Hexblade Warlock – Two levels of Warlock will give you invocations. You might access the Misty Visions invocation this way, which is helpful on high level Illusion Wizards. The 13 charisma multiclass requirement is less severe than on other wizards since you probably wanted a good Deception modifier anyway. For subclass, the commonly dipped Hexblade is your best bet due to the medium armor and shield proficiency, boosting your terrible defense. The warlock slots will also let you use defensive spells like Shield and Absorb Elements more often.
Cleric – A one level dip will give you proficiency in most or all forms of armor, some unique spells not on the wizard list, and another subclass feature or two. Trickery is a good option since giving anyone in the party advantage on stealth is useful, and Order lets you give one ally an attack as a reaction if you cast a spell on them, but Twilight and Peace are probably the strongest options. Emboldening Bond is an extremely strong buff, and Twilight gives you and your allies utterly insane darkvision (300 feet, which is 180 more feet than a beholder) and you can give one party member (maybe yourself) advantage on initiative rolls.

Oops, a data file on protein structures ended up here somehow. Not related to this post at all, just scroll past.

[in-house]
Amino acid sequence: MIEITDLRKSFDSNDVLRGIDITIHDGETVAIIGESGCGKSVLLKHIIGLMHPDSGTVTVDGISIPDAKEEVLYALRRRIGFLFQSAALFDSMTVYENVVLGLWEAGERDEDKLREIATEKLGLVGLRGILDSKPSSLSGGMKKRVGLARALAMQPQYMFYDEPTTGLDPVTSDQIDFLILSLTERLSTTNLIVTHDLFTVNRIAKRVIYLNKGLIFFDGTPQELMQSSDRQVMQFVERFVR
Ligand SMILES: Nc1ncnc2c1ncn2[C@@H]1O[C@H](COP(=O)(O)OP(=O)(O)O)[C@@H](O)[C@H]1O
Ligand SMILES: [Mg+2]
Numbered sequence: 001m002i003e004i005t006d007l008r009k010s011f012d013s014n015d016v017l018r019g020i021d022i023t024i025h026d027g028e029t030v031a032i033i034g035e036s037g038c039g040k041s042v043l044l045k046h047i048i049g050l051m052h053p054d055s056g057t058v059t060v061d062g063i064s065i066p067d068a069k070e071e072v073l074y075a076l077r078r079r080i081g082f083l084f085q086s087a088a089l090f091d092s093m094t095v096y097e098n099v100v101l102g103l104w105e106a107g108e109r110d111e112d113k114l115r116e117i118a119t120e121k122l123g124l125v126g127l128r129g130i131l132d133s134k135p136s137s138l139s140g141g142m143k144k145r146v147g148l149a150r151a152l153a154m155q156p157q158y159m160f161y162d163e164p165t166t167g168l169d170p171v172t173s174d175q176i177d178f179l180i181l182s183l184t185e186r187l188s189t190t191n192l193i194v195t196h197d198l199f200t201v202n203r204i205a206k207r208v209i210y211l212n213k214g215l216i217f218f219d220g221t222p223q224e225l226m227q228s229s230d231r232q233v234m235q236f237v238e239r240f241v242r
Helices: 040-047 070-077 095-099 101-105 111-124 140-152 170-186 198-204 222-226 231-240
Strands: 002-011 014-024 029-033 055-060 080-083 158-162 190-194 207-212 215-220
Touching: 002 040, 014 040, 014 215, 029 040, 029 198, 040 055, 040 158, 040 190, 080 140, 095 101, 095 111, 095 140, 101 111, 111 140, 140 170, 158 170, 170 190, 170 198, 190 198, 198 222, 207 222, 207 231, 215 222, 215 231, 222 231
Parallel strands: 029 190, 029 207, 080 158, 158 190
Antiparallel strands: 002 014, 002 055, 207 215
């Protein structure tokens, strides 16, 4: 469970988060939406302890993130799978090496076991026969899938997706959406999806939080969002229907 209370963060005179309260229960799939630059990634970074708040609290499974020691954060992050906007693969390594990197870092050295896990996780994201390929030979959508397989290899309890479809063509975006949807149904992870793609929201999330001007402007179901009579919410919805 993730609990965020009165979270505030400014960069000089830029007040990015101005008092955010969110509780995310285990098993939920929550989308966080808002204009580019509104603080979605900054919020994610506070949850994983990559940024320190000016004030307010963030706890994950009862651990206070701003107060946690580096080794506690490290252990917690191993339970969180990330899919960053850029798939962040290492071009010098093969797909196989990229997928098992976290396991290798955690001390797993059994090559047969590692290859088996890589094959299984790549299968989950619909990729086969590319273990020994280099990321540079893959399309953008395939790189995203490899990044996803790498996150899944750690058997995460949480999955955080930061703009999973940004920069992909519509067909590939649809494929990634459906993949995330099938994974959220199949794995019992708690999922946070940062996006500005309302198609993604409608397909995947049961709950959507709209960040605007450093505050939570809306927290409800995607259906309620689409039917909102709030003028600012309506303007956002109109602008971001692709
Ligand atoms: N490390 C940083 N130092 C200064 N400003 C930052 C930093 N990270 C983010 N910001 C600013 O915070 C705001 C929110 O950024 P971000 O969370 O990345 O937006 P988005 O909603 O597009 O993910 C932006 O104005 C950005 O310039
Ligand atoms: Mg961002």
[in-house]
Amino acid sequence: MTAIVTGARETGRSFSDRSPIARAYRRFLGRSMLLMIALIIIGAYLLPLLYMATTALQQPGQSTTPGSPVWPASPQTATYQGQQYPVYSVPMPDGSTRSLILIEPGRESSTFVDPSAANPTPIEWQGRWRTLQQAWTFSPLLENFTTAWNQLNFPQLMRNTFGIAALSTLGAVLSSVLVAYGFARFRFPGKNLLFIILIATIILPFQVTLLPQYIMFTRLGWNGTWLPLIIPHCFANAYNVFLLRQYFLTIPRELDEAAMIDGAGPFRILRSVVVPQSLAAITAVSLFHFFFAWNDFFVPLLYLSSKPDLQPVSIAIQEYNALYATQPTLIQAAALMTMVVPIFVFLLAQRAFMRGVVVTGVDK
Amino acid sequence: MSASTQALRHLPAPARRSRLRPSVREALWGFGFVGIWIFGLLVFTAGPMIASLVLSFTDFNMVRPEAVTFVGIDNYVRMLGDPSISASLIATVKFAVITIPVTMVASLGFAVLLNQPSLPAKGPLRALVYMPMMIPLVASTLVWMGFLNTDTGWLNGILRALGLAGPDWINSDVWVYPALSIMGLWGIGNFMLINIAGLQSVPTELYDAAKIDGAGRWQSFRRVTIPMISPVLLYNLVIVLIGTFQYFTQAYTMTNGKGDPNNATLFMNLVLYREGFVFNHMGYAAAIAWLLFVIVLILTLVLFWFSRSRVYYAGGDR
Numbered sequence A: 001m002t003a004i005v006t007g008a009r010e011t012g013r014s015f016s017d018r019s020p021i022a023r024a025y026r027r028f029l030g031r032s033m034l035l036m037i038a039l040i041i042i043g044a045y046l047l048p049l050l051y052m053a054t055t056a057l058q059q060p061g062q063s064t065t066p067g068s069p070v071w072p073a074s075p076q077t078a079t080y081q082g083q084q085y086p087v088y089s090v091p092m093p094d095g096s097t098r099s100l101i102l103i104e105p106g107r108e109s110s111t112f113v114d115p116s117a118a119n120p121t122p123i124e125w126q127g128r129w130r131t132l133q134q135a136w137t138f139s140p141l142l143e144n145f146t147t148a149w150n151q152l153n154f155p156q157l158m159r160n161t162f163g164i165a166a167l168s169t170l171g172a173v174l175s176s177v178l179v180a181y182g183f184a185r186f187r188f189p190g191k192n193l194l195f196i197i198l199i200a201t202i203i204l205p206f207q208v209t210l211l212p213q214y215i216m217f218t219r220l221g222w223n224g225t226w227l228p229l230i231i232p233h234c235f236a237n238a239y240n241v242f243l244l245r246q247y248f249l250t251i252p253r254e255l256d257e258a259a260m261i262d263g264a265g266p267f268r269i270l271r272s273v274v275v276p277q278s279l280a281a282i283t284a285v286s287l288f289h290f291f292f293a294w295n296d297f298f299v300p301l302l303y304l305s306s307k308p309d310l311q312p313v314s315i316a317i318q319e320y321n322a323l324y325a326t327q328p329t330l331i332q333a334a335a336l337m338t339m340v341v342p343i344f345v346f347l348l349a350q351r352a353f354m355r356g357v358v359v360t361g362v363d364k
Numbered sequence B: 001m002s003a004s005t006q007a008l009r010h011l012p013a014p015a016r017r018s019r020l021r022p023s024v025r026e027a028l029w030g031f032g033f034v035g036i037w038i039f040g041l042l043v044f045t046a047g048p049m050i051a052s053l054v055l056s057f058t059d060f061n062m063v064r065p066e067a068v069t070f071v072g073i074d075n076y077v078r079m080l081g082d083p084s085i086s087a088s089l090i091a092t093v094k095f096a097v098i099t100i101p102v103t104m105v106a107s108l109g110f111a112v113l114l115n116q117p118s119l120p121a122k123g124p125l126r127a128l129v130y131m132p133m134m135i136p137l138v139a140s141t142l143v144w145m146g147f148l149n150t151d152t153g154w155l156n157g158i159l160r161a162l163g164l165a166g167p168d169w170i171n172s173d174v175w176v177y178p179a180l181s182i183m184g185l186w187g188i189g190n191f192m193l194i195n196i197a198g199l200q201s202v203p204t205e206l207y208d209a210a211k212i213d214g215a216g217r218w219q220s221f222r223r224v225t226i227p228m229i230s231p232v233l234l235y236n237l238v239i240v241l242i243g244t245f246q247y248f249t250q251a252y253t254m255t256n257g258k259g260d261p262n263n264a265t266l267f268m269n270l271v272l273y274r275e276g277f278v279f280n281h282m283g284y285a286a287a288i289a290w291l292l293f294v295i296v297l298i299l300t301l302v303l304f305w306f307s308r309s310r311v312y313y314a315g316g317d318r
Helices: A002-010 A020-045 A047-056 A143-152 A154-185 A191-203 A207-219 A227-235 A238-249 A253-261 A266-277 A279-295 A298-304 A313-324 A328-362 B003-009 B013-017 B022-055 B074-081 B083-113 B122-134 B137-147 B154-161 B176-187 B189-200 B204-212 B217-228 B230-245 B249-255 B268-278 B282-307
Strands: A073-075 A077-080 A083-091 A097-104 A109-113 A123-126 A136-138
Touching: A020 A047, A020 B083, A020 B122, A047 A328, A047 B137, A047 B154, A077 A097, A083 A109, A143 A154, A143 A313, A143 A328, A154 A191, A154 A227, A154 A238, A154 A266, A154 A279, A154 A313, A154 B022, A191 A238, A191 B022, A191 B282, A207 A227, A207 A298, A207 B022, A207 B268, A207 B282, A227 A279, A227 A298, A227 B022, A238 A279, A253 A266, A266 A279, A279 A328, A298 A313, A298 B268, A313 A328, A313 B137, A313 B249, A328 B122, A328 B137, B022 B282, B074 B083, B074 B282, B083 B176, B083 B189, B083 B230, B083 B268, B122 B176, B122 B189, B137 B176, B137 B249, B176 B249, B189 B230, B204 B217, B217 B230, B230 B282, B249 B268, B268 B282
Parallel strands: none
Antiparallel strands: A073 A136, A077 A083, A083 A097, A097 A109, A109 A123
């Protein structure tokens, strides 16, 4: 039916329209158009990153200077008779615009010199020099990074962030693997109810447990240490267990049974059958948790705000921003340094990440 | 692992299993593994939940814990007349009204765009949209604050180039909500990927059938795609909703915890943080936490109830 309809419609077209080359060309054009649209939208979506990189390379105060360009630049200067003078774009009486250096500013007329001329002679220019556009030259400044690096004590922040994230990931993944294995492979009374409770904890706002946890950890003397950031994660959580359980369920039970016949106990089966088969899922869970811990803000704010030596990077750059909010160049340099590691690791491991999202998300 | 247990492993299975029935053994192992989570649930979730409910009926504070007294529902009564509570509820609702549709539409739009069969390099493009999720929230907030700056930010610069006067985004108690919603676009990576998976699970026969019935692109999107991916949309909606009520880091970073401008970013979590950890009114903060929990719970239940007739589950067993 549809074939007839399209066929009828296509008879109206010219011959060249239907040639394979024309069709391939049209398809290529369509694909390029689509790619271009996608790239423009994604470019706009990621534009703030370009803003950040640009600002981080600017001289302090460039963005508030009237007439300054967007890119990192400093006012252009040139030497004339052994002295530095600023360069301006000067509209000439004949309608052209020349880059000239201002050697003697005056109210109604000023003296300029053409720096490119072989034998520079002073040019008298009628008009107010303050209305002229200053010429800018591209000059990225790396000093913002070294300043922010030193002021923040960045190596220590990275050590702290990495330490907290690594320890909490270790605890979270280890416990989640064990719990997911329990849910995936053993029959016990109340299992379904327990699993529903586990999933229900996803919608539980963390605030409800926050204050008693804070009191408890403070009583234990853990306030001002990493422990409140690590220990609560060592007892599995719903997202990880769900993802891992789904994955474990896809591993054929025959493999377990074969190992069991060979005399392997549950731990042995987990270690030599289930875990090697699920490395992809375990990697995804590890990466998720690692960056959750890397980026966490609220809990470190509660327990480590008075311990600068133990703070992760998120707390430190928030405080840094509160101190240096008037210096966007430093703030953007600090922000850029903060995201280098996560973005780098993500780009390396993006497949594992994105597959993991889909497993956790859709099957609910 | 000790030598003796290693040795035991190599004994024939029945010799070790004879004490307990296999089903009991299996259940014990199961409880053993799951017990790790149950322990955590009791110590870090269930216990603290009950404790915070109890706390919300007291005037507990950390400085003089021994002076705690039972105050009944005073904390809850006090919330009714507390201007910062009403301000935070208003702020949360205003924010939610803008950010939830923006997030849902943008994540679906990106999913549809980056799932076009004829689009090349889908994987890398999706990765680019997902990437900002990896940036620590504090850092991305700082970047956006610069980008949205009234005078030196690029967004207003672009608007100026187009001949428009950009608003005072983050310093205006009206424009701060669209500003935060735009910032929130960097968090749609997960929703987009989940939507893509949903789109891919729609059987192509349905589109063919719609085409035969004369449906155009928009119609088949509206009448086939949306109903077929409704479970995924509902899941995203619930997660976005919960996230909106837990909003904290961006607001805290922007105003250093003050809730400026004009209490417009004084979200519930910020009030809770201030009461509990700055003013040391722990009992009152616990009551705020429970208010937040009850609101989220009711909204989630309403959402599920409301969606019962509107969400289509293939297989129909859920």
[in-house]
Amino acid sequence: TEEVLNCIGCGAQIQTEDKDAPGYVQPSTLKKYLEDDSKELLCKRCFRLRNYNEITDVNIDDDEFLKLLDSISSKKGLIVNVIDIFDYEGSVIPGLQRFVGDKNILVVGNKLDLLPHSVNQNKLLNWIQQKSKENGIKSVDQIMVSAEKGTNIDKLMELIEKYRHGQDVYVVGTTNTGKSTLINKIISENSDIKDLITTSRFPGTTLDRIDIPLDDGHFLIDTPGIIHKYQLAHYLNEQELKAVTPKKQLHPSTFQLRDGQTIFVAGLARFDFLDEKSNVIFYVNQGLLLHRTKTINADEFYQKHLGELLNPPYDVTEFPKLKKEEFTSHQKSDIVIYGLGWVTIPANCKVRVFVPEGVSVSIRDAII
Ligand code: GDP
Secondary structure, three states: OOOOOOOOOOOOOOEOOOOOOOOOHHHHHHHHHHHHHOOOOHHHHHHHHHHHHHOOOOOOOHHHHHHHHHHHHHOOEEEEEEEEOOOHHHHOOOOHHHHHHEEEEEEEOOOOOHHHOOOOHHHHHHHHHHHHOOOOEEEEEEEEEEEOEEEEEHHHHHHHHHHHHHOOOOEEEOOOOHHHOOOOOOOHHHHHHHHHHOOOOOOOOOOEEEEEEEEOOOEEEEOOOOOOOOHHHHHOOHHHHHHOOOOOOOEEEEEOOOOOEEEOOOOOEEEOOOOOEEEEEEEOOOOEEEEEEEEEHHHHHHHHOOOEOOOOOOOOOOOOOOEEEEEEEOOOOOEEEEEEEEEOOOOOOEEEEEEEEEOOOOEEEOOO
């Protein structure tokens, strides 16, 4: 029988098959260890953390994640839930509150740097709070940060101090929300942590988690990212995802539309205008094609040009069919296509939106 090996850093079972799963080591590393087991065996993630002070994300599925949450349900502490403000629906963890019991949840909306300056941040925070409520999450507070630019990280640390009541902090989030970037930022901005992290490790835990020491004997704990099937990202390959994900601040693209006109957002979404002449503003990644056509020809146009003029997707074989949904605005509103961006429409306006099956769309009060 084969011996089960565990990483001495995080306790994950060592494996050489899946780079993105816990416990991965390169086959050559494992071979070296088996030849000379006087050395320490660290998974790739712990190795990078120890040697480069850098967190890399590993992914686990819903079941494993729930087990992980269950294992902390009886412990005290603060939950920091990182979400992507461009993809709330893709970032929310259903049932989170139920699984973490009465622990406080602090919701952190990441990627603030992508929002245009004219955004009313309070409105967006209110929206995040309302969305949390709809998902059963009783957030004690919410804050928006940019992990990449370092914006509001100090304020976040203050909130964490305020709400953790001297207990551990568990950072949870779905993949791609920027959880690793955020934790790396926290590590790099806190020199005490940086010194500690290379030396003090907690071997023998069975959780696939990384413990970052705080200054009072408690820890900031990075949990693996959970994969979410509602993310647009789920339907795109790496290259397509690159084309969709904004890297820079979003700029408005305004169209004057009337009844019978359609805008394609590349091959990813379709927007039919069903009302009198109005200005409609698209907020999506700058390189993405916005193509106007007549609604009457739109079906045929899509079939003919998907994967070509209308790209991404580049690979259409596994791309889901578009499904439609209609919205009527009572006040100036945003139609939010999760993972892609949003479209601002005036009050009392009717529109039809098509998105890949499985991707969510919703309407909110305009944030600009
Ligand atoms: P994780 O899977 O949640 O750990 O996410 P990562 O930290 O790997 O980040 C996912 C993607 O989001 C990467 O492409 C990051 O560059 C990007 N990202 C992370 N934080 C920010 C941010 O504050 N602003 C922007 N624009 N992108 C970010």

Would I recommend playing a School of Illusion Wizard?
At low levels, this is not the strongest wizard, and you may feel like your features are underwhelming. At level 6, you get more powerful, and at level 14, you become an overwhelming force of battlefield control. This is a stellar subclass for campaigns that will go to high levels, but it performs less well in low level campaigns.
The effectiveness of illusions also depends heavily on the DM, so make sure to talk to them if you are considering playing an Illusion Wizard. What they say might convince you to pick another class, or to pick this class over something else you also liked.
Lastly, remember that not every spell you cast needs to be an illusion, so go nuts with Fireballs and Web spells if you want.